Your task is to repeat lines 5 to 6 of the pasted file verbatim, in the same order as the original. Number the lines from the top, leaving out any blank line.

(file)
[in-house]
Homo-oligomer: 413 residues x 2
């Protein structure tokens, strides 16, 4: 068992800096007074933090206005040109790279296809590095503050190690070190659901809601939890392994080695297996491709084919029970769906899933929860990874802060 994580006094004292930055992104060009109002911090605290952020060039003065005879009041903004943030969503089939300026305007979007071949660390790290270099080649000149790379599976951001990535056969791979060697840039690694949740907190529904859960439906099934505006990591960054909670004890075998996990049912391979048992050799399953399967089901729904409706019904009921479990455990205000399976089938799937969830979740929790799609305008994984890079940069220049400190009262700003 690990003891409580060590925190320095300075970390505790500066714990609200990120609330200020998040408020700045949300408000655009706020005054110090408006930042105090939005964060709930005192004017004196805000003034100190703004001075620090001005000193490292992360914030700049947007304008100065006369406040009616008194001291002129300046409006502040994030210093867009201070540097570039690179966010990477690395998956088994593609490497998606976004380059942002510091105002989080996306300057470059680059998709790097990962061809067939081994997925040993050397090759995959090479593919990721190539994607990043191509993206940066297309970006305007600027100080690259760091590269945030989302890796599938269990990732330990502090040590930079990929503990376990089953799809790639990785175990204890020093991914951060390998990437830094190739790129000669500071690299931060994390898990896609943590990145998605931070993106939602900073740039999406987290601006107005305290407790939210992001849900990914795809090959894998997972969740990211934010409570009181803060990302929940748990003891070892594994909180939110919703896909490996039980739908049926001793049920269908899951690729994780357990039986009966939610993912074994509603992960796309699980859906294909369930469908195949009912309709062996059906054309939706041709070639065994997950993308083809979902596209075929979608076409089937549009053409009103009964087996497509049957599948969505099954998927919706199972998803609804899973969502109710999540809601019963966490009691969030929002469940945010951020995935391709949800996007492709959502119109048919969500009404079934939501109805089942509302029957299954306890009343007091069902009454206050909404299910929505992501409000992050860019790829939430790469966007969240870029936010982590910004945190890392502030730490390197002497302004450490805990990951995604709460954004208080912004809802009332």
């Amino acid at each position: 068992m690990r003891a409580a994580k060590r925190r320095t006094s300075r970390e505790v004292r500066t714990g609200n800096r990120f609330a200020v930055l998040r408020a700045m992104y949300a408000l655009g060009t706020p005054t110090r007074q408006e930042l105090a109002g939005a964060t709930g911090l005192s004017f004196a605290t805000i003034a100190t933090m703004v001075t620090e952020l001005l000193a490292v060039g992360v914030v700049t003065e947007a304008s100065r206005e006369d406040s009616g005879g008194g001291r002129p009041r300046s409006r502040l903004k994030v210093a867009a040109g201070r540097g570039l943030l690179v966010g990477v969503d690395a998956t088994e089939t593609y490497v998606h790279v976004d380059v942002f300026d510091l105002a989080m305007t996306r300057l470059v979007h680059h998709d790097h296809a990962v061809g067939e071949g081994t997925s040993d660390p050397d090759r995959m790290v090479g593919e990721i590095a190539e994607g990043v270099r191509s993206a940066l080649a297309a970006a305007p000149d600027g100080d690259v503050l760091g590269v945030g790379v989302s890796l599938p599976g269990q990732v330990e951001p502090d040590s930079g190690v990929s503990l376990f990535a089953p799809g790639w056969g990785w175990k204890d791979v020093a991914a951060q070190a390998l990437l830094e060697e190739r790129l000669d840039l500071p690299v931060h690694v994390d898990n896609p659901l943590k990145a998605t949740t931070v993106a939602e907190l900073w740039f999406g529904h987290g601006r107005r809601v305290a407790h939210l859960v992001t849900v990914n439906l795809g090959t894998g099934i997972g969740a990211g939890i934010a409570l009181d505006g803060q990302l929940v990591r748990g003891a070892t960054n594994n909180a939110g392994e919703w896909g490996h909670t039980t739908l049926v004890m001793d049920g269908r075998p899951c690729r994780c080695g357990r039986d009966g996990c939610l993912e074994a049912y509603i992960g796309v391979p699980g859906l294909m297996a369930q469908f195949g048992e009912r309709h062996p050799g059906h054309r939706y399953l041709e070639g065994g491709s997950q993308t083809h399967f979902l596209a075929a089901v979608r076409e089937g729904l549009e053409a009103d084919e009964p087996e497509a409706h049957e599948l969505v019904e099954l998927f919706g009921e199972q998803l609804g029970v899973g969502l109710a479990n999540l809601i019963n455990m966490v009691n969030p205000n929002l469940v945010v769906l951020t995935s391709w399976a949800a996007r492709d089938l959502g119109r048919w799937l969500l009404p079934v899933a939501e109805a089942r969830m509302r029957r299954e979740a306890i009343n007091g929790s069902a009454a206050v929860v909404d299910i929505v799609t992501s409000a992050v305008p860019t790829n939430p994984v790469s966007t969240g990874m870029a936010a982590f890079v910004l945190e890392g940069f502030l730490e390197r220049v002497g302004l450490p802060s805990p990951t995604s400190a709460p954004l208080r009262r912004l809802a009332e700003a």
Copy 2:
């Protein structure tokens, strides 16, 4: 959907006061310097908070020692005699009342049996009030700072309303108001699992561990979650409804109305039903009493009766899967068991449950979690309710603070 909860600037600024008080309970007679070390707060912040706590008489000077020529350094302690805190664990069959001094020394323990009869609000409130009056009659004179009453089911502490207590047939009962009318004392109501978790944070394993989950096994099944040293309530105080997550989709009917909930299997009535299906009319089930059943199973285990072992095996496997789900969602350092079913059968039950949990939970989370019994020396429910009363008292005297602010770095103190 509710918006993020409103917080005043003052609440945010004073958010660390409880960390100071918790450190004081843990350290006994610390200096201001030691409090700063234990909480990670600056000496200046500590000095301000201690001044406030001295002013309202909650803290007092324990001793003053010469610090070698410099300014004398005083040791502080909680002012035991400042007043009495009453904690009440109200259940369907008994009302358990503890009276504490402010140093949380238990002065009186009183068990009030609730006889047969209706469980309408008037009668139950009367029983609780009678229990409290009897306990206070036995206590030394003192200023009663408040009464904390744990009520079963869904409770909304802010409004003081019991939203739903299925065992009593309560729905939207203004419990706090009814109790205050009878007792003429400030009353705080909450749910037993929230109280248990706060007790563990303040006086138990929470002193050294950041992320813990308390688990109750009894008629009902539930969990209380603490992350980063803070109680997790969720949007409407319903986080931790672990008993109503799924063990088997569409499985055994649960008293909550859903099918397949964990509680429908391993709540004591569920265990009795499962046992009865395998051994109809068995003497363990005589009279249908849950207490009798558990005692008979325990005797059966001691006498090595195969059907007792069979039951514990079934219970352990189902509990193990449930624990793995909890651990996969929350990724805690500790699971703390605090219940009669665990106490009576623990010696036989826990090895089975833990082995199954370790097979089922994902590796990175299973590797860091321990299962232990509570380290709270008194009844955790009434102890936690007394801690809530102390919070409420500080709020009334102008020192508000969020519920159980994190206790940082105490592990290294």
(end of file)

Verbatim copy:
Copy 2:
């Protein structure tokens, strides 16, 4: 959907006061310097908070020692005699009342049996009030700072309303108001699992561990979650409804109305039903009493009766899967068991449950979690309710603070 909860600037600024008080309970007679070390707060912040706590008489000077020529350094302690805190664990069959001094020394323990009869609000409130009056009659004179009453089911502490207590047939009962009318004392109501978790944070394993989950096994099944040293309530105080997550989709009917909930299997009535299906009319089930059943199973285990072992095996496997789900969602350092079913059968039950949990939970989370019994020396429910009363008292005297602010770095103190 509710918006993020409103917080005043003052609440945010004073958010660390409880960390100071918790450190004081843990350290006994610390200096201001030691409090700063234990909480990670600056000496200046500590000095301000201690001044406030001295002013309202909650803290007092324990001793003053010469610090070698410099300014004398005083040791502080909680002012035991400042007043009495009453904690009440109200259940369907008994009302358990503890009276504490402010140093949380238990002065009186009183068990009030609730006889047969209706469980309408008037009668139950009367029983609780009678229990409290009897306990206070036995206590030394003192200023009663408040009464904390744990009520079963869904409770909304802010409004003081019991939203739903299925065992009593309560729905939207203004419990706090009814109790205050009878007792003429400030009353705080909450749910037993929230109280248990706060007790563990303040006086138990929470002193050294950041992320813990308390688990109750009894008629009902539930969990209380603490992350980063803070109680997790969720949007409407319903986080931790672990008993109503799924063990088997569409499985055994649960008293909550859903099918397949964990509680429908391993709540004591569920265990009795499962046992009865395998051994109809068995003497363990005589009279249908849950207490009798558990005692008979325990005797059966001691006498090595195969059907007792069979039951514990079934219970352990189902509990193990449930624990793995909890651990996969929350990724805690500790699971703390605090219940009669665990106490009576623990010696036989826990090895089975833990082995199954370790097979089922994902590796990175299973590797860091321990299962232990509570380290709270008194009844955790009434102890936690007394801690809530102390919070409420500080709020009334102008020192508000969020519920159980994190206790940082105490592990290294």